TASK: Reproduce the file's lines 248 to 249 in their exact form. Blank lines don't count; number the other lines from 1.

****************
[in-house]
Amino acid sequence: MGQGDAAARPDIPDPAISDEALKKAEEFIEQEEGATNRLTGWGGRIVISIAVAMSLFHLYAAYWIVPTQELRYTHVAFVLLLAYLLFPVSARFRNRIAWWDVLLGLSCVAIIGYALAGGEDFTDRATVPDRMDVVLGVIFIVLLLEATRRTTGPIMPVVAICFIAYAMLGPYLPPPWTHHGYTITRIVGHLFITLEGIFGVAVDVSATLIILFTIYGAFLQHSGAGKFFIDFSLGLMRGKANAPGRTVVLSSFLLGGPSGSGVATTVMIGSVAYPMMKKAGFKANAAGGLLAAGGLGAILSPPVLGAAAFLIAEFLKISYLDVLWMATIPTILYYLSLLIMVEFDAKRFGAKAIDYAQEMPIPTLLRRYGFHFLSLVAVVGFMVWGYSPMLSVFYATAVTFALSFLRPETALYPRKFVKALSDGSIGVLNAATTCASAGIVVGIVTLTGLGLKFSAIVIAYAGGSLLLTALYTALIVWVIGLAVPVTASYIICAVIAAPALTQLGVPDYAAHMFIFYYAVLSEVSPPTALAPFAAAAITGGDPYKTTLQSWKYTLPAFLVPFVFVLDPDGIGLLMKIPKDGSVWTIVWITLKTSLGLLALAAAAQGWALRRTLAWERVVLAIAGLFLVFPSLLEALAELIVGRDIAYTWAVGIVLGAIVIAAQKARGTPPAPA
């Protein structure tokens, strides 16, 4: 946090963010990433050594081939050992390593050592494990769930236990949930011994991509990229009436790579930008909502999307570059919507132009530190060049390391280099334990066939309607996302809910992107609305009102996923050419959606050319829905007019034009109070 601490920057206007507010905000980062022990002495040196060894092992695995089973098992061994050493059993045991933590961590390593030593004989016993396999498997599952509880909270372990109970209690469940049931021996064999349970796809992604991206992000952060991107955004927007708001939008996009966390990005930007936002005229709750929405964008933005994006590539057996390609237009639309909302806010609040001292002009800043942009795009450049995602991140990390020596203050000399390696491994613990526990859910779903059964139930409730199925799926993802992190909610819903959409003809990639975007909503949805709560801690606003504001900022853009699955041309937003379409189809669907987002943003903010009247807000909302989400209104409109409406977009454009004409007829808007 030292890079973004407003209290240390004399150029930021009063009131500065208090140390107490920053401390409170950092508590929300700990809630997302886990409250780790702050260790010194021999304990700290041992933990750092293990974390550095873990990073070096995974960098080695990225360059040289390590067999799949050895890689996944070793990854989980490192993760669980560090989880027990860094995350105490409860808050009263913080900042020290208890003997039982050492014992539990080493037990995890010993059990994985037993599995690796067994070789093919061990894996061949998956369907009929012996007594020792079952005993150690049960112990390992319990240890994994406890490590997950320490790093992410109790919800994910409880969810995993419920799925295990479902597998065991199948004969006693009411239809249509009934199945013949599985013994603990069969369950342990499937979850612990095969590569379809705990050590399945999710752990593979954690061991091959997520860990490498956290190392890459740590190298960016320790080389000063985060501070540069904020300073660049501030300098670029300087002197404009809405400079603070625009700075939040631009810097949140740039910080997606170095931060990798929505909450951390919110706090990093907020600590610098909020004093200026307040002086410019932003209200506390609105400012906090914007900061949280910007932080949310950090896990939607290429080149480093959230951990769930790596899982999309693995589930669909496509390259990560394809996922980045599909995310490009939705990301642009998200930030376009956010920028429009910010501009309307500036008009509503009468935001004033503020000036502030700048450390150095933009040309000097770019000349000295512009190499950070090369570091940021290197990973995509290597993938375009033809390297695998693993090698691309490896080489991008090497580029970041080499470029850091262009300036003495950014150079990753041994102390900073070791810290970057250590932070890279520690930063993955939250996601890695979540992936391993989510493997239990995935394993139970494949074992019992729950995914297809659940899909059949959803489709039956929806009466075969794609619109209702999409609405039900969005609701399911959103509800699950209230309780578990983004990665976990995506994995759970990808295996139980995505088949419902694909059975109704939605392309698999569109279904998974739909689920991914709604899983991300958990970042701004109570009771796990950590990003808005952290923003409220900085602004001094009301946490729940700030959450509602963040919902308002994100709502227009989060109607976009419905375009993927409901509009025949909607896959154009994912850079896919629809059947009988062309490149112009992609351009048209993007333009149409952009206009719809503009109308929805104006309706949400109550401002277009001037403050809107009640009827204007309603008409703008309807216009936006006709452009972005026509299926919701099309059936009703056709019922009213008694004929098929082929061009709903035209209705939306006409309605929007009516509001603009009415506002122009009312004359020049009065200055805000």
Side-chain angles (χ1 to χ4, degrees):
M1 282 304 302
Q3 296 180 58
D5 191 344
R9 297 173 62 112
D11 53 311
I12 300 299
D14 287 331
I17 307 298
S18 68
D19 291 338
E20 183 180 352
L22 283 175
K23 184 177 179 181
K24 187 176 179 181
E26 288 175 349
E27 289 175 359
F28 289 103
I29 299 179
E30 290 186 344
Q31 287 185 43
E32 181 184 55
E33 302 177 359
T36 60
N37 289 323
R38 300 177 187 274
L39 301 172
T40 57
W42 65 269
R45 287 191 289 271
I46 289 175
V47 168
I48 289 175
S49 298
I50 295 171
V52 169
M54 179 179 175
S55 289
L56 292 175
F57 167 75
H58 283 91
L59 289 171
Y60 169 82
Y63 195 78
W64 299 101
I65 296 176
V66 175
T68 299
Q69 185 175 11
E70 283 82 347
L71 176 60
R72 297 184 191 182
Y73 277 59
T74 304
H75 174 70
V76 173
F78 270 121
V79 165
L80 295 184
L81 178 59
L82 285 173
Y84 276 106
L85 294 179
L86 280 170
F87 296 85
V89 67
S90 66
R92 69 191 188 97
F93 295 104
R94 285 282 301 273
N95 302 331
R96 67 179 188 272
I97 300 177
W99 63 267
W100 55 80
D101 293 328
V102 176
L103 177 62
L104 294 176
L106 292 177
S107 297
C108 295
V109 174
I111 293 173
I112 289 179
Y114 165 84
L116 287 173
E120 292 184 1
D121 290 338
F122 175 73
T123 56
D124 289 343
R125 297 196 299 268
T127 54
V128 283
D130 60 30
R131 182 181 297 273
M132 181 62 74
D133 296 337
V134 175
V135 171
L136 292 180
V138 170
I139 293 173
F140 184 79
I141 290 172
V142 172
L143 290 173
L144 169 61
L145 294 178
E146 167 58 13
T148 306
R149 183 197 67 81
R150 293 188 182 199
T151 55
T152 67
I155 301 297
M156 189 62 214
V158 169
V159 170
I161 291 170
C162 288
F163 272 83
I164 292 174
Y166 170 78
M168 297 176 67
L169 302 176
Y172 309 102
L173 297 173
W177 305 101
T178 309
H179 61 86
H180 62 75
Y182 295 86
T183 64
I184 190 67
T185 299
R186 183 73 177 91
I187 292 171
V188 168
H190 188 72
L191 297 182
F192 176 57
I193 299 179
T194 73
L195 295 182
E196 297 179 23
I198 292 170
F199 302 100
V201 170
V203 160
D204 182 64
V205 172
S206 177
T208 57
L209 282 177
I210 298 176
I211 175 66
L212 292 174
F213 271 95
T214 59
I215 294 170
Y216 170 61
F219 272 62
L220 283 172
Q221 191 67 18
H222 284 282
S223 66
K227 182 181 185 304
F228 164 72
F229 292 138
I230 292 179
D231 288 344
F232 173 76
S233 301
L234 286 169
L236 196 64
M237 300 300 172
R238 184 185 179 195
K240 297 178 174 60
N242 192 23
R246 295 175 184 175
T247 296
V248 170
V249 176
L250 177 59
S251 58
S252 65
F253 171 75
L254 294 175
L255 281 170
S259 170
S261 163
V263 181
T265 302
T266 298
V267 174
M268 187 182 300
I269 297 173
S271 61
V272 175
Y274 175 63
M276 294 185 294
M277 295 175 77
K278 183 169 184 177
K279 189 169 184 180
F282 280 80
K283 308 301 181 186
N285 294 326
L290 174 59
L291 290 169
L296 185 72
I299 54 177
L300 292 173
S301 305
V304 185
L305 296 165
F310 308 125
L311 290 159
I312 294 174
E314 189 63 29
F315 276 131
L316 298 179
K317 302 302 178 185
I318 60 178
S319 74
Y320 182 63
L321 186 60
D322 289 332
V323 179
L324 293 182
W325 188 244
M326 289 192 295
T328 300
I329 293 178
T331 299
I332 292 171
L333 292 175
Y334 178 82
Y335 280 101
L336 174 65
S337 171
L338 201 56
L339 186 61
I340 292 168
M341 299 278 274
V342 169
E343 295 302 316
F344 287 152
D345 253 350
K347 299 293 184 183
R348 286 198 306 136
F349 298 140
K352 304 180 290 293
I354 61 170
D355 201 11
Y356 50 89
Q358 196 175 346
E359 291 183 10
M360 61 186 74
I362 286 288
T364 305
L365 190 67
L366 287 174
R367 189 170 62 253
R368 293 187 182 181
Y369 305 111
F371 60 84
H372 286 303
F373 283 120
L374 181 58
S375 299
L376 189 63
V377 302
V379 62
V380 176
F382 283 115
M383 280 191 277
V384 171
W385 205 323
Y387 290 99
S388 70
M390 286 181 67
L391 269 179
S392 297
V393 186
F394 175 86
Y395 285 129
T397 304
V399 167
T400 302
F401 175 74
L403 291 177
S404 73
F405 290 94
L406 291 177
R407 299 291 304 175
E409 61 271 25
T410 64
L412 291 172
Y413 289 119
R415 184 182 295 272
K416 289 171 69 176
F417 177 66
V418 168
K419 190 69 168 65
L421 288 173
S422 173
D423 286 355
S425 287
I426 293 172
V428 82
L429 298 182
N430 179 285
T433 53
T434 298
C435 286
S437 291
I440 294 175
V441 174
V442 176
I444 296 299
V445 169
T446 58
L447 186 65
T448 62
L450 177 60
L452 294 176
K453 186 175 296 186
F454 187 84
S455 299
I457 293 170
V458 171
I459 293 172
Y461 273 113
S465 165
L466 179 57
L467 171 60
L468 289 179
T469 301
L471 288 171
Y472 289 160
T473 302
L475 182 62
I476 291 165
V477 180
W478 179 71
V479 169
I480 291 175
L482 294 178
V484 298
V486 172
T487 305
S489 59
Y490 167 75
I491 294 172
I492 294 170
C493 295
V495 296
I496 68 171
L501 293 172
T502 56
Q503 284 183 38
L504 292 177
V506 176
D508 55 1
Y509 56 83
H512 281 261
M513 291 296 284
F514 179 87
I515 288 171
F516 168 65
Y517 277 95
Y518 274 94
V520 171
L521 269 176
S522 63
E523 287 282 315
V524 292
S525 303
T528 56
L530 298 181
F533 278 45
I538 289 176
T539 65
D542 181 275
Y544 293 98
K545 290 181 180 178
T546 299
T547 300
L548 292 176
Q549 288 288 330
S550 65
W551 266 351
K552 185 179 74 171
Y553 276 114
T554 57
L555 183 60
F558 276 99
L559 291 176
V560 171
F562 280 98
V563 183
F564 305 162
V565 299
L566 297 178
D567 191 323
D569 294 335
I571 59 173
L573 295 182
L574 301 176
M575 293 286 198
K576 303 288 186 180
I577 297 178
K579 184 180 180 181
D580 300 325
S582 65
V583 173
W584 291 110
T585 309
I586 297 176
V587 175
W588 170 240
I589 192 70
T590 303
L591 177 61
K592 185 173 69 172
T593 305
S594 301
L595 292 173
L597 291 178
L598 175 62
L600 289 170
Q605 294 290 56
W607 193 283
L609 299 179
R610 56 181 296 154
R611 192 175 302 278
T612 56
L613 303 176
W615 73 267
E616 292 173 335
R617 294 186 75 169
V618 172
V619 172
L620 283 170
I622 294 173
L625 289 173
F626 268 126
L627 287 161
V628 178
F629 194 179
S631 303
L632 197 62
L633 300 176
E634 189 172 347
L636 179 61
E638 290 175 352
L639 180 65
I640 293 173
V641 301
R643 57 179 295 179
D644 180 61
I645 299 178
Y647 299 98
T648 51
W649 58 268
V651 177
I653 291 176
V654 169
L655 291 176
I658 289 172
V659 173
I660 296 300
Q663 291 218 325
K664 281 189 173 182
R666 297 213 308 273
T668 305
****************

I340 292 168
M341 299 278 274